Selling Vermont as a great place to live is easy, if you don’t have to contend with messy details like being able to afford to live there.  When Vermont’s politicians are busy celebrating their fine work in legalizing marijuana (which is a layup in terms of effort) instead of addressing the critical core failings of Vermont’s “leadership” for the past 40 years, the outlook for those remaining is darker than ever, and a long slow ride into oblivion awaits.

Chris Campion is a business analyst who worked for decades in leading organizations in Vermont. Reprinted with permission from the Ethan Allen Institute Blog.

Image courtesy of Wikimedia Commons/Dwight Burdette

11 thoughts on “Campion: Moving in, moving out, and moving on

  1. The only people who use a big moving company like UVL are either wealthy or the employer is paying the cost of the move. Most other folks will move with UHaul or other truck rental.
    If we had more data on that, it would be very telling. Good article and examination Chris.

    • When my family and 3 kids extracted ourselves from VT we certainly didn’t use an expensive moving company. We used ABF freight. They drop the trailer off and you load it pay by the foot used and they haul it and drop it off at our new residence. It’s very reasonably. I asked the fellow when he dropped it off if he has many full ones come in from out of state. He said about 1/2 and many and he sends out.

      The reasons we left Vermont in order:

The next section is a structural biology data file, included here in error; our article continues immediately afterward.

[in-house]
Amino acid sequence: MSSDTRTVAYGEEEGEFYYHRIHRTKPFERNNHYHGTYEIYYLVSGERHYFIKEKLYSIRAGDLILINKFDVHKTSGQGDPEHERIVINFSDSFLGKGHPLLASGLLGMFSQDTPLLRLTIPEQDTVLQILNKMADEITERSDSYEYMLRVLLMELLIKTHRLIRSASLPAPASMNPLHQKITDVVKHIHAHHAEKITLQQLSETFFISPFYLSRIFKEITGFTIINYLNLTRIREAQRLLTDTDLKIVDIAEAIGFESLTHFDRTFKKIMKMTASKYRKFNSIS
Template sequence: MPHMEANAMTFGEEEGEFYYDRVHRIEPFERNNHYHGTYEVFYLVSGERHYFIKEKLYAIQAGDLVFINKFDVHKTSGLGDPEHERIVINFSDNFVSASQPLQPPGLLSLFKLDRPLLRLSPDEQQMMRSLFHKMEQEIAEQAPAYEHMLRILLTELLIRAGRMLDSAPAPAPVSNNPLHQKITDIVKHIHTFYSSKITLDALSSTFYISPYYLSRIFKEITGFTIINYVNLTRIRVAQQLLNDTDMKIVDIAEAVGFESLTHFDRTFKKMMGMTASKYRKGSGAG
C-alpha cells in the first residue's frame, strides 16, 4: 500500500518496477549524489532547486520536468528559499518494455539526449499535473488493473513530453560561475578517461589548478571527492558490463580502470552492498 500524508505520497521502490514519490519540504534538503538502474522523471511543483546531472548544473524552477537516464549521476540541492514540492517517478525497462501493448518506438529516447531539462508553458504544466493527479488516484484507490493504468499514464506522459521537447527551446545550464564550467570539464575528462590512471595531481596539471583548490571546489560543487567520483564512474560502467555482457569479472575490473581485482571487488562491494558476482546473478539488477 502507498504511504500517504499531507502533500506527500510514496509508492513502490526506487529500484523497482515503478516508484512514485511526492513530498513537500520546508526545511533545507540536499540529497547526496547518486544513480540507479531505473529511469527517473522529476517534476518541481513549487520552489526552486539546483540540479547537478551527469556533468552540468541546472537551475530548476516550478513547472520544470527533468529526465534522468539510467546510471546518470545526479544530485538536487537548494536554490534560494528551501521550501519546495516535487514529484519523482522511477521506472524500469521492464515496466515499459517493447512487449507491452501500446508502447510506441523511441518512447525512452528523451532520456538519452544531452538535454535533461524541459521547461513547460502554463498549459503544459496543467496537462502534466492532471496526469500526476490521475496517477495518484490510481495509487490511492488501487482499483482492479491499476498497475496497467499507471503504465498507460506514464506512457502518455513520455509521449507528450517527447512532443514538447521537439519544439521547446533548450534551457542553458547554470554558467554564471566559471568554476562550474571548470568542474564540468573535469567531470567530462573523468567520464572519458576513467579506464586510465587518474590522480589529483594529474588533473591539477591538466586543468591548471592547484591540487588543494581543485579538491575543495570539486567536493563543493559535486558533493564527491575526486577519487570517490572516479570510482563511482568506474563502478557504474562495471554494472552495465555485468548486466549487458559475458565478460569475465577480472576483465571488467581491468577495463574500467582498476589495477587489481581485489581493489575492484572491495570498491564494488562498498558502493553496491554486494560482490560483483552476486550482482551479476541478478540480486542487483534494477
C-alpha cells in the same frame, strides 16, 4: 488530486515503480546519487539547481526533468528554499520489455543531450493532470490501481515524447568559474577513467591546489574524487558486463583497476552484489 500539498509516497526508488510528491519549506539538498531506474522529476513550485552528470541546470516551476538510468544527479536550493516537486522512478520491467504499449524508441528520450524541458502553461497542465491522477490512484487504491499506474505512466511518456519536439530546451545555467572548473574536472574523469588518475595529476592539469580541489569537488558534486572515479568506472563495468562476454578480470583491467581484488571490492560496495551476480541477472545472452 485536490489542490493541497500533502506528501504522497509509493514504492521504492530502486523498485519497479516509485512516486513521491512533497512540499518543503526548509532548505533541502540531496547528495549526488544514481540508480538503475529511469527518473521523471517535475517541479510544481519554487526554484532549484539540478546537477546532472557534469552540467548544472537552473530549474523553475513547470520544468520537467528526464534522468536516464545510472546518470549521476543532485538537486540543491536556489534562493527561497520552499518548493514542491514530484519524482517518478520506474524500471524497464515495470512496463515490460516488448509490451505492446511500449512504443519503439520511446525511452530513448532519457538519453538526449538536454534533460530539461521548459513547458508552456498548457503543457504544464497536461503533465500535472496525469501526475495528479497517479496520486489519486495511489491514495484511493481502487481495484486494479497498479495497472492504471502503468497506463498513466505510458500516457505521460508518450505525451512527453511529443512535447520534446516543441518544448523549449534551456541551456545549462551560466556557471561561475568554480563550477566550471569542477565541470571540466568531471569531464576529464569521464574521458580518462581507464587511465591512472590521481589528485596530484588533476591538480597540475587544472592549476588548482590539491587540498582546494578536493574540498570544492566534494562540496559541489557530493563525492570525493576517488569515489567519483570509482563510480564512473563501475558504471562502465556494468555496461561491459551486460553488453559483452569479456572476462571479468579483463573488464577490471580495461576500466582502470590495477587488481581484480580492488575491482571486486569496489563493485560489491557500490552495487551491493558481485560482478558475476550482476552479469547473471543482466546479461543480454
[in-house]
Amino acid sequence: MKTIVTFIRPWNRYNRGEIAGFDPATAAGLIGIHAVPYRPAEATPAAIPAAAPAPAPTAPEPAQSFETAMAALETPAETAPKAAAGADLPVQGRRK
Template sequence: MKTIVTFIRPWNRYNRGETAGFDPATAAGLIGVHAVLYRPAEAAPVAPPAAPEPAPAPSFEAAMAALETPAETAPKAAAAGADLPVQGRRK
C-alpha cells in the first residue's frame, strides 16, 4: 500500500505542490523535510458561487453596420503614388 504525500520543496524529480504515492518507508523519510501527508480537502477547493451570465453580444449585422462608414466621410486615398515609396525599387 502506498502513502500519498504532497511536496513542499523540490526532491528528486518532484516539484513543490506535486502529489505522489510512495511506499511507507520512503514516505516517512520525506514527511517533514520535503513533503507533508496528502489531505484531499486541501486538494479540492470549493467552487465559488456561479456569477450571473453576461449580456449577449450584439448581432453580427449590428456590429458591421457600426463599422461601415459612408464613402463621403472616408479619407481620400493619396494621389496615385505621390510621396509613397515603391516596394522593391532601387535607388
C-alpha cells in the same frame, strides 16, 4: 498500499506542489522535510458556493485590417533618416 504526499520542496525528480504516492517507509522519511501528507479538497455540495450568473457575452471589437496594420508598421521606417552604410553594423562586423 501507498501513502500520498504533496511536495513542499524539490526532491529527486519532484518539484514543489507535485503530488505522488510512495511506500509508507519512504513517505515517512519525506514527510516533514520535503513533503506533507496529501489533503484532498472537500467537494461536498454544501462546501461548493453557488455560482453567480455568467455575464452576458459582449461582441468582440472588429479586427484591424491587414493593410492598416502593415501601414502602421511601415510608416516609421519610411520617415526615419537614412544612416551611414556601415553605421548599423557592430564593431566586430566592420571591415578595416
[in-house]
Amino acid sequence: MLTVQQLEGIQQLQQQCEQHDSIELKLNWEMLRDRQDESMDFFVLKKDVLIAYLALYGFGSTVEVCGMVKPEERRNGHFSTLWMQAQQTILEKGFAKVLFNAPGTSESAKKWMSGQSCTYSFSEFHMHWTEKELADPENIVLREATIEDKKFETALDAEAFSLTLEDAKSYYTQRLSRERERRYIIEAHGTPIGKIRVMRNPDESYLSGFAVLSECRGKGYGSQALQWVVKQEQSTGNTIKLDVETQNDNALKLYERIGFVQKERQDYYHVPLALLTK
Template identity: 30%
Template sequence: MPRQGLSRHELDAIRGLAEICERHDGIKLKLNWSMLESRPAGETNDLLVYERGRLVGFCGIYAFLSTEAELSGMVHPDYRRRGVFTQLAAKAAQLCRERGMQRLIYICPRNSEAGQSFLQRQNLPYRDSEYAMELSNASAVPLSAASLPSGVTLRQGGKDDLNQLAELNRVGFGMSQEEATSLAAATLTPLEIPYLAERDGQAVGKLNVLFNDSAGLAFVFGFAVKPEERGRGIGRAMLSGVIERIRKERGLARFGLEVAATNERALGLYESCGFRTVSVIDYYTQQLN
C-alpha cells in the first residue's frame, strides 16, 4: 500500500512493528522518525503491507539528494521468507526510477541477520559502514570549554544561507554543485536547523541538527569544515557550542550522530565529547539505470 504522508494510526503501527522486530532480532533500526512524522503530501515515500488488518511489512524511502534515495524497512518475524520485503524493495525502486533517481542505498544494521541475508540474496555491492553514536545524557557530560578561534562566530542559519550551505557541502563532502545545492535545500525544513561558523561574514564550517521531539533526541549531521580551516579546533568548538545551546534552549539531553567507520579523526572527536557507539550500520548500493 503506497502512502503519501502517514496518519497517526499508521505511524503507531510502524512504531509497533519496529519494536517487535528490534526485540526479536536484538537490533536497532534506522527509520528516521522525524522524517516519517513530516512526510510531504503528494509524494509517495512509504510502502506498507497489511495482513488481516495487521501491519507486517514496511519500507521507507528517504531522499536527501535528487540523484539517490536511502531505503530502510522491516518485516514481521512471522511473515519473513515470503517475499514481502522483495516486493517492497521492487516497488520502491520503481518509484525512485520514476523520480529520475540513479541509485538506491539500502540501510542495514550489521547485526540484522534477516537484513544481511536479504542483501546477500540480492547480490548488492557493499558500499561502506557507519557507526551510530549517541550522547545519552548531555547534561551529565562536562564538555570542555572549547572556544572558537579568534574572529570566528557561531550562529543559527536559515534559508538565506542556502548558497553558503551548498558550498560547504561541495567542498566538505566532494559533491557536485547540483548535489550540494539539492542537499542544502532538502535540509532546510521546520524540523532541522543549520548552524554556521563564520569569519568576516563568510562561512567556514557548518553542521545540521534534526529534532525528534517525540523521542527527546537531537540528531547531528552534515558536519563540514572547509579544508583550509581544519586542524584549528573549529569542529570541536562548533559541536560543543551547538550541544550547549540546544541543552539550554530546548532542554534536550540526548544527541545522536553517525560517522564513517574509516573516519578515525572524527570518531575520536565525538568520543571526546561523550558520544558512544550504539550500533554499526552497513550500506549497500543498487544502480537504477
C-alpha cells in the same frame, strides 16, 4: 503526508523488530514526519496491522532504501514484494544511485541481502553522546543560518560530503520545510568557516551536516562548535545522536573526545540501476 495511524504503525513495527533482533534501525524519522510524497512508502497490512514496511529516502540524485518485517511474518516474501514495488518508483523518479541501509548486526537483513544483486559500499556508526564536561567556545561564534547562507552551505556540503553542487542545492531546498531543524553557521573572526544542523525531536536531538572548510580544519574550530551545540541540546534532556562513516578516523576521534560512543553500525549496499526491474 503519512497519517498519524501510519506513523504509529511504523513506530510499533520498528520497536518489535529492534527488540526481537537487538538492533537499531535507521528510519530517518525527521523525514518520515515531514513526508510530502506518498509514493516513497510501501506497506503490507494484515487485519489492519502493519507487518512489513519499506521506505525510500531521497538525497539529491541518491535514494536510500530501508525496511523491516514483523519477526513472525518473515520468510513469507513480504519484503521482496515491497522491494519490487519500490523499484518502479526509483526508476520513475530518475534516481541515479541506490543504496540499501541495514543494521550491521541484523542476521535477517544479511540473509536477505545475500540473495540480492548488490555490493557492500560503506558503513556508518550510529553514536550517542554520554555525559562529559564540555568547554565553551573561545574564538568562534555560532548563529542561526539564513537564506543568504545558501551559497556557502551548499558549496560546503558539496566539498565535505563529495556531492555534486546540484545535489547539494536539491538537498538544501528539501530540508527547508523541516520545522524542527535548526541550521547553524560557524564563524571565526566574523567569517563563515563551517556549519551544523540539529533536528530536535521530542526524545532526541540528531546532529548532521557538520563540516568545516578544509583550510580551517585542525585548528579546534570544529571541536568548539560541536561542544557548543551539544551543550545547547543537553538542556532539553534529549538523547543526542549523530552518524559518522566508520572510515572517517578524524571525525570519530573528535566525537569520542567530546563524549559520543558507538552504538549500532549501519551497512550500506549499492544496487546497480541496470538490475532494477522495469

1) Taxes
      2) Taxes – Understanding that a Carbon tax was coming sooner rather then later.
      3) Cost of living, including taxes, housing, fuel, and the ever increasing property taxes.
      4) Always looking over my shoulder and hoping next year we don’t get hit with new taxes on my family.
      5) Lack of Job options.
      6) Always having to drop $1000 bucks on car repairs every year to get it to pass inspection.
      7) Looking like a piggy bank to the lawmakers.
      8) Weather

      We did not qualify for a property tax subsidy. We had significant student loans, to the point that most families that had property tax subsidies had more disposable income then we did. Very frustrating paying a $5500 tax bill while your neighbor dishes out less then half that on a more expensive house yet has two new card while we drove 6-12 year old cars.

      By moving we essentially gave our family a 25%-30% raise. We are paid the same as we were in VT. I can now EASILY expect to get 10 years our of a car at the minimum. We can now easily save for our kids education, simply a pipe dream in VT.

      • Our same story. I had friends in VT that would move but they could not make it happen for either family or financial reasons. Our money sure goes farther down here in Tennessee and our emotional well being has never been better.

        • My wife’s family is still in VT. They couldn’t believe it when I sat them down and showed them the numbers on the savings our family incurred moving down here. Now they’re trying to extract themselves from the clutches of liberalism.